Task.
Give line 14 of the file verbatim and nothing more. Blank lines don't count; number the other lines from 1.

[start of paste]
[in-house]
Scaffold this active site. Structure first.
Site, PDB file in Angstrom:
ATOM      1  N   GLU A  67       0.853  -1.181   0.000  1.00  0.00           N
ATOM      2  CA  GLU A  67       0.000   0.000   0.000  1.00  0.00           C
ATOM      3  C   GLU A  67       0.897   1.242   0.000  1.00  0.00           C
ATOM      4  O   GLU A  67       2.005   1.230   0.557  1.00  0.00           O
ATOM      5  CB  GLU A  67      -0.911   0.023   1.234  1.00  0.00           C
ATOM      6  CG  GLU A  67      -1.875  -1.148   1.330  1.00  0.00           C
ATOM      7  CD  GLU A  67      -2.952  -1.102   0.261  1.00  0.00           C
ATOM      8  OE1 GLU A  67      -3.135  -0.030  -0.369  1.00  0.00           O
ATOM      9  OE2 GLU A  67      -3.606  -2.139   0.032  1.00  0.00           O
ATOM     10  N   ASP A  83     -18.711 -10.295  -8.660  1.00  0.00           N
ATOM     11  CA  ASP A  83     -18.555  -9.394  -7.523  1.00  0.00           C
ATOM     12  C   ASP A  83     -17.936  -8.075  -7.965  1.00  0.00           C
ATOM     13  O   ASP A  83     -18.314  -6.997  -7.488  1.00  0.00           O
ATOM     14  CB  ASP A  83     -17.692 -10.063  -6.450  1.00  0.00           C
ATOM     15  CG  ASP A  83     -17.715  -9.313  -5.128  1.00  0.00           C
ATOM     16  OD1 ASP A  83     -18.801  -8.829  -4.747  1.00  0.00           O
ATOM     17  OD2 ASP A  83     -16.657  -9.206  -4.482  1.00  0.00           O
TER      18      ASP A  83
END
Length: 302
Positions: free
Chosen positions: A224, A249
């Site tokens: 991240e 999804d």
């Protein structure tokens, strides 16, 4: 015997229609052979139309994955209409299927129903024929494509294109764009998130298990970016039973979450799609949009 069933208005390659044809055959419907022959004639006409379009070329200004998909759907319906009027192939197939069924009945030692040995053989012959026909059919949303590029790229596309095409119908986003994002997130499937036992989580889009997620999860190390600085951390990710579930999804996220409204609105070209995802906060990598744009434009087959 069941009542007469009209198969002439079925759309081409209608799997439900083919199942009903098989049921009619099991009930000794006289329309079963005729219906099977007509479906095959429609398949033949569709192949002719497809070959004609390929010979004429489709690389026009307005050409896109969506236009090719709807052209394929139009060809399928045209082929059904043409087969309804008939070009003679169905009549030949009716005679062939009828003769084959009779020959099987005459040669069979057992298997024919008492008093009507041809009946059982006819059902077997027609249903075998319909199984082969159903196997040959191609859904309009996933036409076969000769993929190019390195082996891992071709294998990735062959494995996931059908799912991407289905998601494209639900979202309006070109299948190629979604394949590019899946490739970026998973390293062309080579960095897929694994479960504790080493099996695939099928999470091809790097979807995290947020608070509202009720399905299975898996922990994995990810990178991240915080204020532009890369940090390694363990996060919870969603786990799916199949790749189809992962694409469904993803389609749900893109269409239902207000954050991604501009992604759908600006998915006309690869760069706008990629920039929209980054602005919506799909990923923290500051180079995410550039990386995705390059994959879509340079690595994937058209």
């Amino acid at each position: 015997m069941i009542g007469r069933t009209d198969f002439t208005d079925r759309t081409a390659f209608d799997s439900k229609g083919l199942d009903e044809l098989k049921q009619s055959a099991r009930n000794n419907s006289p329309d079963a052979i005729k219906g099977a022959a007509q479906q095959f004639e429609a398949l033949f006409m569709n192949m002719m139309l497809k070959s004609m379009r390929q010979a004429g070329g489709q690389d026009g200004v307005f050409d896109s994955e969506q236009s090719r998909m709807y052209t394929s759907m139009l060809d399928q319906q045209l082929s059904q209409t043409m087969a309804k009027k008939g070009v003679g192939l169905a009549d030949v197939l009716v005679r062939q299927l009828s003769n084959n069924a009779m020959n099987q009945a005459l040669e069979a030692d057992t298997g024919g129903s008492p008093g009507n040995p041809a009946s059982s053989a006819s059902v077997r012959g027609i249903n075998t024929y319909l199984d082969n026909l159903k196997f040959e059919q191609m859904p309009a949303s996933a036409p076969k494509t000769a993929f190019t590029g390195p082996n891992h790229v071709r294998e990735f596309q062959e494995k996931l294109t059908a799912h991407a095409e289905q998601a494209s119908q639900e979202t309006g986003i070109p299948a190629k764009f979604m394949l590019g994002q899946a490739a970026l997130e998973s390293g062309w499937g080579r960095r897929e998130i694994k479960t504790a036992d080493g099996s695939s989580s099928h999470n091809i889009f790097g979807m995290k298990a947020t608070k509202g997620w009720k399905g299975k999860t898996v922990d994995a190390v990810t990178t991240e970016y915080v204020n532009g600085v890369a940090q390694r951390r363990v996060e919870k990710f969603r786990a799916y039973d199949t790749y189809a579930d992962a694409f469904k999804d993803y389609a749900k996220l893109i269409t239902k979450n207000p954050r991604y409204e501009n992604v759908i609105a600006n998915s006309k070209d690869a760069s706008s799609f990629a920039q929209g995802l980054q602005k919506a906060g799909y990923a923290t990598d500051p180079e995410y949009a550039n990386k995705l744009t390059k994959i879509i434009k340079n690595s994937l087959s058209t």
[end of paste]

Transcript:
ATOM     11  CA  ASP A  83     -18.555  -9.394  -7.523  1.00  0.00           C